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Lessen the Limelighting


Found in: Handling Disruptions, Self-Control

A Limelighter, or Attention Demander, wants to be in the spotlight. She’s the one who circles you on the playground like an adoring moon, forces her way into conversations, leaps out of her seat to show you her work, or asks a litany of unnecessary questions. Why? Limelighters crave the feeling of success and may feel insecure in developing healthy social relationships. Here are three ideas for meeting these students’ need for attention without squelching their confidence:

  • Put the student in charge of her behavior. Missouri educator Peg Scholl once had a student who “acted like she didn’t know an answer—just to get my attention. If I asked somebody else a question, she’d answer. She’d just blurt out, blurt out, blurt out.” The solution: A card taped to her student’s desk and instructions to mark it every time she talked out. They set a goal (without a reward) and the student met it.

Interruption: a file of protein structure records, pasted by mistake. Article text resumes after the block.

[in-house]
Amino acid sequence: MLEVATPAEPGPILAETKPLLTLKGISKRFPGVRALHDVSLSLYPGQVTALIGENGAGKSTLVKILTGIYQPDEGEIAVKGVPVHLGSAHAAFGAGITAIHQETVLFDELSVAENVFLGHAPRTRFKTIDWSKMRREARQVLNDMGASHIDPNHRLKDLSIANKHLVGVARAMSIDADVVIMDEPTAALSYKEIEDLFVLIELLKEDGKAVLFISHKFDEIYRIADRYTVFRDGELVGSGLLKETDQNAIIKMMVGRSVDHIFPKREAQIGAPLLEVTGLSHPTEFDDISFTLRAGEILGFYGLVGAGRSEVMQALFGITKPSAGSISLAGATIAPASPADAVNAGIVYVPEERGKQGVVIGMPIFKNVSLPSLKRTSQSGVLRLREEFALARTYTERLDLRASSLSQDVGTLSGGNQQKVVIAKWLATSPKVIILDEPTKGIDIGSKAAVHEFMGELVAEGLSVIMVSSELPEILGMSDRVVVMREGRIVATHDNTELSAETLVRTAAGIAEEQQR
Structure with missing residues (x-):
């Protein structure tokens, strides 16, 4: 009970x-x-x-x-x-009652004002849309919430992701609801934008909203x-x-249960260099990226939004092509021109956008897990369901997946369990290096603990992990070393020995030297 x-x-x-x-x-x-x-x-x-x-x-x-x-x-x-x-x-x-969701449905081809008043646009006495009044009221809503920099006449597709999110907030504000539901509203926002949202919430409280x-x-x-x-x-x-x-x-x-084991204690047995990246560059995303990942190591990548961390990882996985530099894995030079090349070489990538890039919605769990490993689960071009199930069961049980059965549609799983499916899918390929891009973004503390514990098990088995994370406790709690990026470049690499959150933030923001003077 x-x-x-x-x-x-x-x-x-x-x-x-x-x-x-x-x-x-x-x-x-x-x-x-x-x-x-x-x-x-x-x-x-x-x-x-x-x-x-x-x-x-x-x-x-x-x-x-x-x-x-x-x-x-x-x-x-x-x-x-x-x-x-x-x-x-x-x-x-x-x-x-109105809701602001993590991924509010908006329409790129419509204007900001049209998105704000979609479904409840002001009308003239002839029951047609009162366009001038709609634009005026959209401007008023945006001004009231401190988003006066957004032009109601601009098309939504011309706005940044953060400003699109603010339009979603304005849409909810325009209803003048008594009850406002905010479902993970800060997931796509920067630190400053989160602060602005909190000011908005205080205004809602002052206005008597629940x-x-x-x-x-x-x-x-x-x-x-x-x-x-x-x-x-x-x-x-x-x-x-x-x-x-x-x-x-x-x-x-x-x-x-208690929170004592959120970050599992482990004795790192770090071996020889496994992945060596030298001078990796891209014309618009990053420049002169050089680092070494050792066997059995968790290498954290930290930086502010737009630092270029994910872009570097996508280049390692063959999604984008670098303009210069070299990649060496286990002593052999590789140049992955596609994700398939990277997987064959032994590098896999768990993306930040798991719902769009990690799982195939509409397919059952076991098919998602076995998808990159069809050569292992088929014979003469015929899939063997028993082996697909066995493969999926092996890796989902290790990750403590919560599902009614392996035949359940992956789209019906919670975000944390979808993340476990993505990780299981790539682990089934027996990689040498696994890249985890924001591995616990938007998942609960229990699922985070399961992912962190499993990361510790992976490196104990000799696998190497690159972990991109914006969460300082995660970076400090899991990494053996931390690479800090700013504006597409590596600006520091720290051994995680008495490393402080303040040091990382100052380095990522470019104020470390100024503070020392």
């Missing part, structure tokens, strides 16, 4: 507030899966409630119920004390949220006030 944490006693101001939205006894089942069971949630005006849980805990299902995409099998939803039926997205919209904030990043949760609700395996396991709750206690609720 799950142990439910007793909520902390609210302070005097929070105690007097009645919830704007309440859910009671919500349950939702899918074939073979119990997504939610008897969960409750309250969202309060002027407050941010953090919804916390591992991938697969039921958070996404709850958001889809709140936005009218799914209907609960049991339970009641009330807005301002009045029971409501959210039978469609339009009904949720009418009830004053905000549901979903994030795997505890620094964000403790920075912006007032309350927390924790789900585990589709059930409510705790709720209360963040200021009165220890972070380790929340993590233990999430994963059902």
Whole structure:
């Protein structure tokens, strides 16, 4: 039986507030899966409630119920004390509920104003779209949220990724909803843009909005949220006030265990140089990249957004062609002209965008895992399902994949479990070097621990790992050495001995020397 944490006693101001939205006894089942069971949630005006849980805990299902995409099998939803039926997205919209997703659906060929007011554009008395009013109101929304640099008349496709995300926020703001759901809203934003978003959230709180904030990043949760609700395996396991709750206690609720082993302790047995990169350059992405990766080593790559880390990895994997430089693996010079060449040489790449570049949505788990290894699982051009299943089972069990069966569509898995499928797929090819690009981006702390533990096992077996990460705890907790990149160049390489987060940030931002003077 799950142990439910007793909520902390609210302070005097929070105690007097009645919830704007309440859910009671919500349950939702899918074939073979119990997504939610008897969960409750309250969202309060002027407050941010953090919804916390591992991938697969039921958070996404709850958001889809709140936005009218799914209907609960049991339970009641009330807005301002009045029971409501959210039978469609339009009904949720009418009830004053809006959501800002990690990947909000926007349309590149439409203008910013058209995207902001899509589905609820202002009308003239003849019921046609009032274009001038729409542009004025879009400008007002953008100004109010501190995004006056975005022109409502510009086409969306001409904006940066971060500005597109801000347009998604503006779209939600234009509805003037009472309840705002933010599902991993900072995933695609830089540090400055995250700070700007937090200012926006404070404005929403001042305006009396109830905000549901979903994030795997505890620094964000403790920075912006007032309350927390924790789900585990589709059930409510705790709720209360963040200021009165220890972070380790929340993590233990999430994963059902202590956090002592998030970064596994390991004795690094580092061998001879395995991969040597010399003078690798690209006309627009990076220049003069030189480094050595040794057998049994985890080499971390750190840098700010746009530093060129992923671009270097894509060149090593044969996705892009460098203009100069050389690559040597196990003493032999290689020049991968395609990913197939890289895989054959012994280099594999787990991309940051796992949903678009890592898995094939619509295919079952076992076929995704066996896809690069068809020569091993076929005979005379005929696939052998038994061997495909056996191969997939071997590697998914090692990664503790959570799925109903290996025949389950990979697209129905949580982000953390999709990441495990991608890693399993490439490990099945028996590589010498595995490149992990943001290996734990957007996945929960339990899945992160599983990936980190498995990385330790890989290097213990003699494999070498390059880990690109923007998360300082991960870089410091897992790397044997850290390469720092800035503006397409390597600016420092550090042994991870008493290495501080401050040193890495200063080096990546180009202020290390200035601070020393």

• Help the student gain confidence. Try giving a Limelighter additional classroom responsibilities, or hold an individual conference, perhaps with your school counselor and parents, to talk through the student’s insecurities.
  • Use random rewards. Many experienced teachers don’t regularly reward students for good behavior—instead, they use a “random rewards” system that can curb class-wide limelighting. You choose to ignore disruptive attention-seeking behavior, while offering positive attention more “randomly,” effectively severing the tie between acting out and receiving attention. “When I do use rewards, they’re random, unexpected, and unannounced, like, ‘Man, everybody got their work done! Let’s play mental tic-tac-toe!’” says teacher and classroom management expert Kate Ortiz.

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